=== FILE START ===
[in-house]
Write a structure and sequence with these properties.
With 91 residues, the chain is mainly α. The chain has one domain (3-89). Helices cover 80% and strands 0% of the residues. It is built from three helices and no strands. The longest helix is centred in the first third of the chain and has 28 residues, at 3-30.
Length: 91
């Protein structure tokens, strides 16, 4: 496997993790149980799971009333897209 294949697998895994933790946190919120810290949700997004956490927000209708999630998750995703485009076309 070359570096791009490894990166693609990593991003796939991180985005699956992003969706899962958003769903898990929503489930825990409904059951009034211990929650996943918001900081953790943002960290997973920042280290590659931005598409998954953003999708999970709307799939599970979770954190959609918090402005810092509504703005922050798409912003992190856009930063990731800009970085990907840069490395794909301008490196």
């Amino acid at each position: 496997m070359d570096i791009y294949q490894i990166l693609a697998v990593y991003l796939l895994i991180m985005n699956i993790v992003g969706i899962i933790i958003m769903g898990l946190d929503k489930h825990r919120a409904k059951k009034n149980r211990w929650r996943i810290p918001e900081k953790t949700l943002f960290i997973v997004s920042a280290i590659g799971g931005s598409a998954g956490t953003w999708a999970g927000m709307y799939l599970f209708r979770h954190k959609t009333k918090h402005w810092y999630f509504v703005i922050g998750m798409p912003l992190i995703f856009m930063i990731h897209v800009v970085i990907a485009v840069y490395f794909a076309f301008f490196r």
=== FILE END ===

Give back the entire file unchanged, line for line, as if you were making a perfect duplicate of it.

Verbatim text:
[in-house]
Write a structure and sequence with these properties.
With 91 residues, the chain is mainly α. The chain has one domain (3-89). Helices cover 80% and strands 0% of the residues. It is built from three helices and no strands. The longest helix is centred in the first third of the chain and has 28 residues, at 3-30.
Length: 91
């Protein structure tokens, strides 16, 4: 496997993790149980799971009333897209 294949697998895994933790946190919120810290949700997004956490927000209708999630998750995703485009076309 070359570096791009490894990166693609990593991003796939991180985005699956992003969706899962958003769903898990929503489930825990409904059951009034211990929650996943918001900081953790943002960290997973920042280290590659931005598409998954953003999708999970709307799939599970979770954190959609918090402005810092509504703005922050798409912003992190856009930063990731800009970085990907840069490395794909301008490196």
């Amino acid at each position: 496997m070359d570096i791009y294949q490894i990166l693609a697998v990593y991003l796939l895994i991180m985005n699956i993790v992003g969706i899962i933790i958003m769903g898990l946190d929503k489930h825990r919120a409904k059951k009034n149980r211990w929650r996943i810290p918001e900081k953790t949700l943002f960290i997973v997004s920042a280290i590659g799971g931005s598409a998954g956490t953003w999708a999970g927000m709307y799939l599970f209708r979770h954190k959609t009333k918090h402005w810092y999630f509504v703005i922050g998750m798409p912003l992190i995703f856009m930063i990731h897209v800009v970085i990907a485009v840069y490395f794909a076309f301008f490196r």